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Discussion Starter #1
If so, I'd like to discuss certain career-related things...certifications, skills, etc.. I'm one but I definitely think I need to gain some more skills, maybe get certified (but don't know of any certifications for systems analysts in particular). Also wanna know if you know of any good forums out there targeted towards analysts.

Please reply or send me a PM and we'll get started...
:)
 

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Parking Spot Maven
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I don't know where you plan on going with certifications, but anyone in the position of hiring/promoting people in the field that even looks at certifications anymore is a cluebie. I've known people who have basically memorized books in different areas and been certified without ever even touching the equipment they were being tested on.

Real knowledge from actual experience is worth infinately more than even 50 certifications. If you interview for a job and the person hiring you asks for such credentials, you're probably in the wrong place. Granted, there are a handful of certifications that are worth their weight in gold (CCIE for example), but these are exceptions IMHO.

Just my two cents. Sorry I can't offer anything on the other stuff you are asking for, but I couldn't stop myself from saying something about the value (or lack thereof) of certifications these days. heh

Good luck. :D

--SONET
 

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SONET said:
I don't know where you plan on going with certifications, but anyone in the position of hiring/promoting people in the field that even looks at certifications anymore is a cluebie. I've known people who have basically memorized books in different areas and been certified without ever even touching the equipment they were being tested on.

Real knowledge from actual experience is worth infinately more than even 50 certifications. If you interview for a job and the person hiring you asks for such credentials, you're probably in the wrong place. Granted, there are a handful of certifications that are worth their weight in gold (CCIE for example), but these are exceptions IMHO.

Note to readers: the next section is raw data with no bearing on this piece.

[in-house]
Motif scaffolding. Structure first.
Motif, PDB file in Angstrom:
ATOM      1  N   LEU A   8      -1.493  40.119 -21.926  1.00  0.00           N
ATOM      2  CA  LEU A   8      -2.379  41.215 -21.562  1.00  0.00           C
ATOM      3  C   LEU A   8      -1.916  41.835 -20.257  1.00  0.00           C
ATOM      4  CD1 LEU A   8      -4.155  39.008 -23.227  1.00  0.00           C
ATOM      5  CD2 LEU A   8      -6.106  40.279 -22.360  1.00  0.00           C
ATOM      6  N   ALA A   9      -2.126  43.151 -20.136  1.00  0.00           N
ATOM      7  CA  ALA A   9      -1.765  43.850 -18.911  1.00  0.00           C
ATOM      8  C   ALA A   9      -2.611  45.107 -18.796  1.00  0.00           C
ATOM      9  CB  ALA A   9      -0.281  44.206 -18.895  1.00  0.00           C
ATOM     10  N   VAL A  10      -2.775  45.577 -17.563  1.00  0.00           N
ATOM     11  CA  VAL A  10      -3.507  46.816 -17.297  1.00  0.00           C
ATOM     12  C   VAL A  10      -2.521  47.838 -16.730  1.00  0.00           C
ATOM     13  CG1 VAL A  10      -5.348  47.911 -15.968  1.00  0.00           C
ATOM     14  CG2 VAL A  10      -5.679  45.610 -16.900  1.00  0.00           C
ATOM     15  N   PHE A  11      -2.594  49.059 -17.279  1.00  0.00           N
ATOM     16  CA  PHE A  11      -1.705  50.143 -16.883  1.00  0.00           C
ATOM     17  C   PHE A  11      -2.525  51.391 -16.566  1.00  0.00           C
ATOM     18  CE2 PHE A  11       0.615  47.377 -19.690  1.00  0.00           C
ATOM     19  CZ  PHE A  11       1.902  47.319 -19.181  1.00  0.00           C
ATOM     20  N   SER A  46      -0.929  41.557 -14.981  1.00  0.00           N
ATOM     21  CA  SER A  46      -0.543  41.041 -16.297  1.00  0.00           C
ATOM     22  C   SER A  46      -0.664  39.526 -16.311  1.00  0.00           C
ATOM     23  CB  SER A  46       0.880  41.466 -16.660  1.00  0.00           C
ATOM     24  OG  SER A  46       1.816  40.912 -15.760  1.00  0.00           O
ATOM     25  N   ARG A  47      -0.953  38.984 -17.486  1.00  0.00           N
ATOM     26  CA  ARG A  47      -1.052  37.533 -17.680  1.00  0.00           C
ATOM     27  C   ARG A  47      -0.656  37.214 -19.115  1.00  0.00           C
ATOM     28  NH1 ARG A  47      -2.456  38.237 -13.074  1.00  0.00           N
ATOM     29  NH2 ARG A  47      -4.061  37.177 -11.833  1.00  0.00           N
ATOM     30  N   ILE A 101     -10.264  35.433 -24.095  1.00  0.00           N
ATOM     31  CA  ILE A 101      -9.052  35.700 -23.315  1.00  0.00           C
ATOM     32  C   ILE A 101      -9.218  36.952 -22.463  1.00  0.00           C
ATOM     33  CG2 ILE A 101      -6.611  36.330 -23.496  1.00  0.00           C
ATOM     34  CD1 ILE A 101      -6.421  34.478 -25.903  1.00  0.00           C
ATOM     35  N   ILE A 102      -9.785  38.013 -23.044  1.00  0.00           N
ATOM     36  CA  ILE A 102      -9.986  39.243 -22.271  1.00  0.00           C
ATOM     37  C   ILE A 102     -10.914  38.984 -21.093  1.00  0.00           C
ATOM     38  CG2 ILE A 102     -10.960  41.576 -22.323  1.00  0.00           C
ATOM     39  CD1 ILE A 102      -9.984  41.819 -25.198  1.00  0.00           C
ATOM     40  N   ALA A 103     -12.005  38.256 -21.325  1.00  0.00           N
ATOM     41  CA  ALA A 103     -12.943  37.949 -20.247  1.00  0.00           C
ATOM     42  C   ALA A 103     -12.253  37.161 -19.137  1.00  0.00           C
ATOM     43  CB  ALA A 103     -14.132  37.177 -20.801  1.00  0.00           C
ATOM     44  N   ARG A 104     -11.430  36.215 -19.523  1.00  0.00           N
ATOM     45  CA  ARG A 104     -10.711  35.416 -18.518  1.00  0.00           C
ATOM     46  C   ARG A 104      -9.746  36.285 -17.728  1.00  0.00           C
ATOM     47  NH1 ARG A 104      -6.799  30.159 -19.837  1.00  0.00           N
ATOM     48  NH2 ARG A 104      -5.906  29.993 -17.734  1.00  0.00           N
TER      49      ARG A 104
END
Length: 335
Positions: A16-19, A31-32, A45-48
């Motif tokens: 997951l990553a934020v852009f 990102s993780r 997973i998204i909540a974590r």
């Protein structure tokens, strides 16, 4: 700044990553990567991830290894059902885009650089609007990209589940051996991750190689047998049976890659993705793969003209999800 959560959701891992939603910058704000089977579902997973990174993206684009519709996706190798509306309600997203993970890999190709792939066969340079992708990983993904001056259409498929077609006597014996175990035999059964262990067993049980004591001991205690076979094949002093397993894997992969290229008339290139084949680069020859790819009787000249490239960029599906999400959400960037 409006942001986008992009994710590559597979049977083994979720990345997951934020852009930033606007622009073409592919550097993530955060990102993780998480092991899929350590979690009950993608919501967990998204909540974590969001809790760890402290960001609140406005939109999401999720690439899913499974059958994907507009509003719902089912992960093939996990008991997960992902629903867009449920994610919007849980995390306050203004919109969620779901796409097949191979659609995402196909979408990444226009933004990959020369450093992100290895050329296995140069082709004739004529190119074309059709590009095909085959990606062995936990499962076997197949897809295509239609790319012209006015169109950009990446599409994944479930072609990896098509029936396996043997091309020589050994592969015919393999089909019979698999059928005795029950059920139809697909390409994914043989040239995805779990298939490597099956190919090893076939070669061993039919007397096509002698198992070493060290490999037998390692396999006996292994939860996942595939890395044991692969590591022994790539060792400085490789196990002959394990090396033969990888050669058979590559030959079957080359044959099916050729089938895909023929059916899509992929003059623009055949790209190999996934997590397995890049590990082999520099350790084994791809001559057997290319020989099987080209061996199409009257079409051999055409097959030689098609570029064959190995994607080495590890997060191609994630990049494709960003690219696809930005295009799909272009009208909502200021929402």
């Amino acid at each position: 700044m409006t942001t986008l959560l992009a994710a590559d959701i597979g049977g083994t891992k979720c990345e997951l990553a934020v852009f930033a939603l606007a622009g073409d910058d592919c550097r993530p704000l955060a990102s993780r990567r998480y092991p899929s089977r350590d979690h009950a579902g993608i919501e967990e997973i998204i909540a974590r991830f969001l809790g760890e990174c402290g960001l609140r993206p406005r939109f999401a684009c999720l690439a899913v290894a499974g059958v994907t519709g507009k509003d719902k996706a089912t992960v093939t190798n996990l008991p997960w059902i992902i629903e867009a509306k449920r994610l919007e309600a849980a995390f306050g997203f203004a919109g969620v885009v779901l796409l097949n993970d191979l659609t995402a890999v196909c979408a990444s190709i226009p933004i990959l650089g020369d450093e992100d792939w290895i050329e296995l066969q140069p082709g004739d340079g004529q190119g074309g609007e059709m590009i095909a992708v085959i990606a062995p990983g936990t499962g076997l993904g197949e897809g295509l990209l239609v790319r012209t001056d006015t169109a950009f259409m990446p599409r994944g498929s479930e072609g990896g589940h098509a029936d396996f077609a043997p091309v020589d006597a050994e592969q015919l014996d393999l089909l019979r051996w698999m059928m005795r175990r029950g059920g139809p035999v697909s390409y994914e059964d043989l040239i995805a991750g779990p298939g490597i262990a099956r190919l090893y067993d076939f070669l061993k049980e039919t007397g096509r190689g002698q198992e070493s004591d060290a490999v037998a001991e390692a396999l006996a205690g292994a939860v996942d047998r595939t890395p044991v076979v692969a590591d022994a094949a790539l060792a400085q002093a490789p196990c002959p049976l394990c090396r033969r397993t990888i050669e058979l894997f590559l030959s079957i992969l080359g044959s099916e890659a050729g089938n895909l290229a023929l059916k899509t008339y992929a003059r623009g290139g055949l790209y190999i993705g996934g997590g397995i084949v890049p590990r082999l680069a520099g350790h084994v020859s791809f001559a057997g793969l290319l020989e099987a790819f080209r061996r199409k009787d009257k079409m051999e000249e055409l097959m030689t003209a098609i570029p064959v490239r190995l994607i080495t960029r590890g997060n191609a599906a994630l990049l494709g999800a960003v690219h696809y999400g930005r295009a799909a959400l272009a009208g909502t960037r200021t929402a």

Just my two cents. Sorry I can't offer anything on the other stuff you are asking for, but I couldn't stop myself from saying something about the value (or lack thereof) of certifications these days. heh

Good luck. :D

--SONET

I've been interviewing the last 2 weeks, and companies are still stuck on MCSE/MCSD certifications. It's hard not to get a frown on my face when they ask, because these are the phoniest, nonsense certs out there. A scam to earn Microsoft even more billions of $$. Anyone can memorize brain dumps, and pass the tests. It made for millions of "paper MCSE's". They flooded the market, and destroyed the image of the people that actually gained their position through experience and hard work.
 

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TMS
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What do you mean by systems analysis? Are you talking about the design of network plumbing, or constructing software applications? Certs might have more relevance for the former activity, but for the latter there is no substitute for experience. A certification for a software developer may be useful if (s)he is moving into a new technology and needs the cert to bolster a proven track record in other technologies.

In terms of software development, certs tend to be tool or vendor specific. I don't believe there are any certifying bodies for analysis and design techniques.
 

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Discussion Starter #5
SONET said:
I don't know where you plan on going with certifications, but anyone in the position of hiring/promoting people in the field that even looks at certifications anymore is a cluebie. I've known people who have basically memorized books in different areas and been certified without ever even touching the equipment they were being tested on.

Real knowledge from actual experience is worth infinately more than even 50 certifications. If you interview for a job and the person hiring you asks for such credentials, you're probably in the wrong place. Granted, there are a handful of certifications that are worth their weight in gold (CCIE for example), but these are exceptions IMHO.

Just my two cents. Sorry I can't offer anything on the other stuff you are asking for, but I couldn't stop myself from saying something about the value (or lack thereof) of certifications these days. heh